shareholder’s brother, who had co-run the company. The petitioners’ shareholding
represented 49.96% of the company’s shares.
In her capacity as a shareholder in her own right and as a trustee of the
trust set up by her husband, the woman claimed under s459 that the majority
shareholder had, since her husband’s death, conducted the affairs of the company
in a manner, which was unfairly prejudicial to her interests, in that, among
other issues, he had paid himself excessive levels of remuneration and that, as
a consequence, the shareholders had received no (or inadequate) dividends. She
applied for an order under s461 of the Act that the respondent purchase her own
shares and those held by the trust.
The judge agreed. He decided that the respondent had conducted the affairs of
the company in a manner which was prejudicial to the interests of the
shareholders. As such – and having regard to the breakdown in trust and
confidence between the parties – the respondent was ordered to buy out the
petitioners’ shares at a price that took account of the excess remuneration he
had awarded himself.
According to Bob Beauchamp, senior associate in the liability and commercial
litigation practice at law firm Barlow Lyde & Gilbert: “In both of these
cases, the majority shareholder of a company ran the business without proper
reference to a minority shareholder, thereby causing them prejudice. In one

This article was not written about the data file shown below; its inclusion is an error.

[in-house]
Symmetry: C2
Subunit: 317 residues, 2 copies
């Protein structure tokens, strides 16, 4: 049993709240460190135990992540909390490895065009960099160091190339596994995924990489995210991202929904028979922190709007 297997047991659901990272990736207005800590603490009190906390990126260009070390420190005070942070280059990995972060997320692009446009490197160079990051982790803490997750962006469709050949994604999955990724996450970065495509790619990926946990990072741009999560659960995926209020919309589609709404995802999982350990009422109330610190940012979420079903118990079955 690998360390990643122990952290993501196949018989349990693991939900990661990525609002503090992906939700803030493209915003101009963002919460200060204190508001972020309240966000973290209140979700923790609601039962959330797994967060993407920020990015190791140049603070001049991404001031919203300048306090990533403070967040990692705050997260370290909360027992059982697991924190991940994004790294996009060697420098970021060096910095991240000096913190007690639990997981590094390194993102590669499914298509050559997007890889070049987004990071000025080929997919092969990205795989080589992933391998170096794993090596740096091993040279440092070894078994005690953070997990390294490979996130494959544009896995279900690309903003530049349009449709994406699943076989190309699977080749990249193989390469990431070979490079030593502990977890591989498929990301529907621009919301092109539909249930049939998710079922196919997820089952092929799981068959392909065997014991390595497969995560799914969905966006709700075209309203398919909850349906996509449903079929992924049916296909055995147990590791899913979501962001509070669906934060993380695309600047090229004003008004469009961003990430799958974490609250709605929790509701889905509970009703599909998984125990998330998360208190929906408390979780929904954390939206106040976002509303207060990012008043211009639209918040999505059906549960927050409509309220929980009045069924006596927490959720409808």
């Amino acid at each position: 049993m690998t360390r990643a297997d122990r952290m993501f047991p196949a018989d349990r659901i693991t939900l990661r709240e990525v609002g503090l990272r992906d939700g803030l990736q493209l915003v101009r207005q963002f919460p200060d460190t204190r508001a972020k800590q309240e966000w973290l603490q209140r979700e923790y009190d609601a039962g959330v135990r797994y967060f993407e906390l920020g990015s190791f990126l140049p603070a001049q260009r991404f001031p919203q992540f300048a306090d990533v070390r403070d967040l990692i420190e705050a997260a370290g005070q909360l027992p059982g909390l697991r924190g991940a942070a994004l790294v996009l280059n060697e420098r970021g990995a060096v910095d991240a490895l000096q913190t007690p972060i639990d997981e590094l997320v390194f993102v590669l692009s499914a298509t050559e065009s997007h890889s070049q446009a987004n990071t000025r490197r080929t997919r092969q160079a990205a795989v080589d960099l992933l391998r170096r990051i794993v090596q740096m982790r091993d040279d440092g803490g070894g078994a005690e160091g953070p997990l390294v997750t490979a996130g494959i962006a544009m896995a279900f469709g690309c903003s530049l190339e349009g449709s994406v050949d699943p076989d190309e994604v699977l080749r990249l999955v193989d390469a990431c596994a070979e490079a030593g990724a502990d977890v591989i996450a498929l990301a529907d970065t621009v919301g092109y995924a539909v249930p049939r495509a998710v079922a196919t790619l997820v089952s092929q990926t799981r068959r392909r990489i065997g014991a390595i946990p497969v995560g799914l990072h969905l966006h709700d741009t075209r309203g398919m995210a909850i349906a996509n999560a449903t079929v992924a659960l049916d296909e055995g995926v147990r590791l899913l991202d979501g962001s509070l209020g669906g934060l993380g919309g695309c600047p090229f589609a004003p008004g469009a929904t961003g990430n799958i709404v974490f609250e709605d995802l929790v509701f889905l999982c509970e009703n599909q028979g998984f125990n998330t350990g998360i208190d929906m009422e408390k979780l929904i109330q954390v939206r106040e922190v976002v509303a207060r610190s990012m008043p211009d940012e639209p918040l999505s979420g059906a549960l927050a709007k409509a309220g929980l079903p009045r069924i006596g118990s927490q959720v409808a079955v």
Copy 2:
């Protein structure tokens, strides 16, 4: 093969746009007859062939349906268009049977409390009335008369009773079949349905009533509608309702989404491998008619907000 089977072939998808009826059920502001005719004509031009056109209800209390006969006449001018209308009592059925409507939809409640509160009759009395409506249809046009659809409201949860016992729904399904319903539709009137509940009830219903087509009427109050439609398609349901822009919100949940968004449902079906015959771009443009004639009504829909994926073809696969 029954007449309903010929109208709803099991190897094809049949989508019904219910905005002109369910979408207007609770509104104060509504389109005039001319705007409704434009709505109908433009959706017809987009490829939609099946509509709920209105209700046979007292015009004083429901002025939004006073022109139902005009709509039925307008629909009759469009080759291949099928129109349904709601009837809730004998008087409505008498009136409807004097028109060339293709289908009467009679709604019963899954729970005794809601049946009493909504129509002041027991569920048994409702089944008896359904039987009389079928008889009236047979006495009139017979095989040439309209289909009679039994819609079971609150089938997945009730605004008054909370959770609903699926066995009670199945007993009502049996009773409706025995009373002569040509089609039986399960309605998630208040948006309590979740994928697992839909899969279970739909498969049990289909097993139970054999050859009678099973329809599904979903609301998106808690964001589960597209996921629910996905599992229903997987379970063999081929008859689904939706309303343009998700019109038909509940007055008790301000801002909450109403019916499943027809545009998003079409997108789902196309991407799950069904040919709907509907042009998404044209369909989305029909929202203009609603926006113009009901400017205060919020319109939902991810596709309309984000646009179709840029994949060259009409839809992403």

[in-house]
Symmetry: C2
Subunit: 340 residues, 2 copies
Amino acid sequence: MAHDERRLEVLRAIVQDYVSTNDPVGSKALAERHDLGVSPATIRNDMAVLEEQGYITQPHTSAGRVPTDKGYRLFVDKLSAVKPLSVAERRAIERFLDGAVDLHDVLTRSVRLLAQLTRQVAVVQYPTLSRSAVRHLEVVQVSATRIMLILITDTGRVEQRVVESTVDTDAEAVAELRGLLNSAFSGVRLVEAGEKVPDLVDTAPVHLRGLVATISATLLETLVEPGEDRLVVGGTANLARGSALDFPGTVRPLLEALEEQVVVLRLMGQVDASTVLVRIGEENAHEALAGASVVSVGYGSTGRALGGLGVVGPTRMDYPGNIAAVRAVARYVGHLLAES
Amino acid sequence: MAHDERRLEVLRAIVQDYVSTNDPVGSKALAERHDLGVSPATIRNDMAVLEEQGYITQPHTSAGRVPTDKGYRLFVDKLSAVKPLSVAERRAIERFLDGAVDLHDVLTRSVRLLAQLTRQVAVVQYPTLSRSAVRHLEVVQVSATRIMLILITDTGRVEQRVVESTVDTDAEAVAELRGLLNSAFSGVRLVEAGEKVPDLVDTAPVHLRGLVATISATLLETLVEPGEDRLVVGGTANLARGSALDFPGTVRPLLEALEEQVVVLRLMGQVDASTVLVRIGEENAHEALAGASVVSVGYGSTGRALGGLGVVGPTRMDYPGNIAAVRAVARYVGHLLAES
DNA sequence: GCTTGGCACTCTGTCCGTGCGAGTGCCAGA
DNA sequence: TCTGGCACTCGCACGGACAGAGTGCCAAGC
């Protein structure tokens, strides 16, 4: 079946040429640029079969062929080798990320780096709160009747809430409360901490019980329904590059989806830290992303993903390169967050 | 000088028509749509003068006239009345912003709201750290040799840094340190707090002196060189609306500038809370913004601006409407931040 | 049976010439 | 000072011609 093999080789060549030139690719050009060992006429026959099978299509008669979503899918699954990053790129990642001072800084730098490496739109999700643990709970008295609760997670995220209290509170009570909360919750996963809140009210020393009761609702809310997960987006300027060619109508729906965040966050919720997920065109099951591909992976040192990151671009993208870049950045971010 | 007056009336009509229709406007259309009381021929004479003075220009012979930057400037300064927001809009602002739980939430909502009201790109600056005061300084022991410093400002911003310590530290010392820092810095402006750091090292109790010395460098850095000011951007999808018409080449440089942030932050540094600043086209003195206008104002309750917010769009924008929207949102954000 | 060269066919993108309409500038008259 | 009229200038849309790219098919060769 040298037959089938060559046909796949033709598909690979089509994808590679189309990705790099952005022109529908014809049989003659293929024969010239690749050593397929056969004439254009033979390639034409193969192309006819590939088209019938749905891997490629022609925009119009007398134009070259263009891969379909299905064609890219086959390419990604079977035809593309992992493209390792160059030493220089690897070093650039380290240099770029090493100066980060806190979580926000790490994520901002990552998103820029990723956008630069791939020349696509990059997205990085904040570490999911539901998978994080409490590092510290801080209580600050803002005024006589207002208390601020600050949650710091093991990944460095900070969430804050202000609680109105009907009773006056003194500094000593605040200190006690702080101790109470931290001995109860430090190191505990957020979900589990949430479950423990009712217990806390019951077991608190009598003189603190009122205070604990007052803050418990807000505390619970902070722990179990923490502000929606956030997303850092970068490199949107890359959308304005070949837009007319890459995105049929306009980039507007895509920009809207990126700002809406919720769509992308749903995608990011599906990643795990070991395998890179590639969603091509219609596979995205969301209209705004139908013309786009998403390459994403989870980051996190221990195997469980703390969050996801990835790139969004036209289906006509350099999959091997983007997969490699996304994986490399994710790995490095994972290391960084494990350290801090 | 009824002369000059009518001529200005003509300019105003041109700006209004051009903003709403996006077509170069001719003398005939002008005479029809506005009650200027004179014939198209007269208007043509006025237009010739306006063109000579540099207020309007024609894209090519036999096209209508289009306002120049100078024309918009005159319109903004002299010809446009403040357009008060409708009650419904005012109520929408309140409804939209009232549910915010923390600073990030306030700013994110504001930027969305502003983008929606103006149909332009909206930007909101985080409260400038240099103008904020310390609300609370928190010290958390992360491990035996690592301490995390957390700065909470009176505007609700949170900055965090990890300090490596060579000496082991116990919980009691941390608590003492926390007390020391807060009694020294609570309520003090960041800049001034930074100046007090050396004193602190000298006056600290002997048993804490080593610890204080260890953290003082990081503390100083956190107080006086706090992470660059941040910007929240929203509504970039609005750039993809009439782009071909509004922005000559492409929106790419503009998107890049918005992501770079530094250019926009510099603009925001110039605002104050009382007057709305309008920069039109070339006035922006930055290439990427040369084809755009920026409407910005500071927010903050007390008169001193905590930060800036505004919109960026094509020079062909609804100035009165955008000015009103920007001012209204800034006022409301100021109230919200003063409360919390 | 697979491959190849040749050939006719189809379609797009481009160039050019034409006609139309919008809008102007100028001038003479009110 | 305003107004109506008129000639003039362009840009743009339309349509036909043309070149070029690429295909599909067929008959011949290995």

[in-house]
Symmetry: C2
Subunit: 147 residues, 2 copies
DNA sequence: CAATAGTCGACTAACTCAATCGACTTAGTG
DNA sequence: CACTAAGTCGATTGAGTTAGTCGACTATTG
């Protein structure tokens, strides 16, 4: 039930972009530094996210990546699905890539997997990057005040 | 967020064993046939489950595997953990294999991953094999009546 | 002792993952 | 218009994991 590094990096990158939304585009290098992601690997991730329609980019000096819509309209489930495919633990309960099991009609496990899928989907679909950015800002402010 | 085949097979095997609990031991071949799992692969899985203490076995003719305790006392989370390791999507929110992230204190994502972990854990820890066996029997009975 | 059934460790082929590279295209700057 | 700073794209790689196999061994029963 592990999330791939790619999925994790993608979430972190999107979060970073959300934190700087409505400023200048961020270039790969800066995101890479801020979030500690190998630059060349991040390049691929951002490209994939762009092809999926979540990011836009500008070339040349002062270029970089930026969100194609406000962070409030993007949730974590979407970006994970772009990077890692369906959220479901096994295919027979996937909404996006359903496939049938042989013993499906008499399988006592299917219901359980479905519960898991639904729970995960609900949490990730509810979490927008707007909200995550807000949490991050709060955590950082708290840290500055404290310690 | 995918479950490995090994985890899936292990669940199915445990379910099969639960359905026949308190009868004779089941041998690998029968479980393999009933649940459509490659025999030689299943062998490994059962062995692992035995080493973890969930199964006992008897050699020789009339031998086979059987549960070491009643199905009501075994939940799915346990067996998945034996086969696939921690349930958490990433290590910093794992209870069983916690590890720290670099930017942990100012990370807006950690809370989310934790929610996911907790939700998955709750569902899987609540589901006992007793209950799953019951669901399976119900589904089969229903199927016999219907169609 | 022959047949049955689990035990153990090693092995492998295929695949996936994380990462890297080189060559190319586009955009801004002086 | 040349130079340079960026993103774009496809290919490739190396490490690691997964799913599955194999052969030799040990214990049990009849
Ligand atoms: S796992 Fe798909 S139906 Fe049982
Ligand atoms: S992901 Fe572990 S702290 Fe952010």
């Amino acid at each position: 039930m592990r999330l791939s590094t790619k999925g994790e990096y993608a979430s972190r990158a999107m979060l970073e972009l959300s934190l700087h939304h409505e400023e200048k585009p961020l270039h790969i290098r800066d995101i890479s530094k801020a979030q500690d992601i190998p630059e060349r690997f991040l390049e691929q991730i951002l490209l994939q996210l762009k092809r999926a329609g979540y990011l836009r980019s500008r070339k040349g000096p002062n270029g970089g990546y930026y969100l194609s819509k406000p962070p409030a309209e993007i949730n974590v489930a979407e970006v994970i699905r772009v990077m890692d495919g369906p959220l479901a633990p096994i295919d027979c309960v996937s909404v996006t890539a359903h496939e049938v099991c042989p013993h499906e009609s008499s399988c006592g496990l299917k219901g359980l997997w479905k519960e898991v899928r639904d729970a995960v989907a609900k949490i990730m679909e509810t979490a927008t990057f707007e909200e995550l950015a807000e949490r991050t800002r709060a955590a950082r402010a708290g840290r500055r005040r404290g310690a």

case, the court intervened in favour of a minority shareholder; in the other,
the court did not – although in both cases the judges criticised the fact that
the majority shareholders had failed to consult.”
Beauchamp adds that: “The Irvine v Irvine ruling, in particular, could be a
rude wake-up call for majority shareholders of private companies. If majority
shareholders are perceived to be rewarding themselves with what are perceived to
be excessive remuneration packages and dividends at the expense of other
shareholders and the benefit of the business, they may find themselves being
petitioned. It could be a 50:50 chance that majority shareholders would need to
raise new funds to buy out the existing minority shareholders if a court ruled
Not this time
The judge in the Hale v Waldock case didn’t rule in favour of the
petitioner, but he said in his conclusion: “That is not to say that it is
necessarily fair for the present situation to remain forever the same so that Mr
Hale is locked in and gets benefits only at the perpetual whim of Mr Waldock. I
have already drawn attention to the failures of Mr Waldock to consult fairly,
and his somewhat high-handed manner of dealing with some points.
If the facts in the future demonstrate that Mr Waldock has sought to keep an
unfair portion of the cake for himself, whether by refusing to temper his own
benefits, adjusting accounting policies, taking other steps to reduce available
profits, failing to allow dividends or otherwise, then Mr Hale would have the
opportunity of petitioning again.”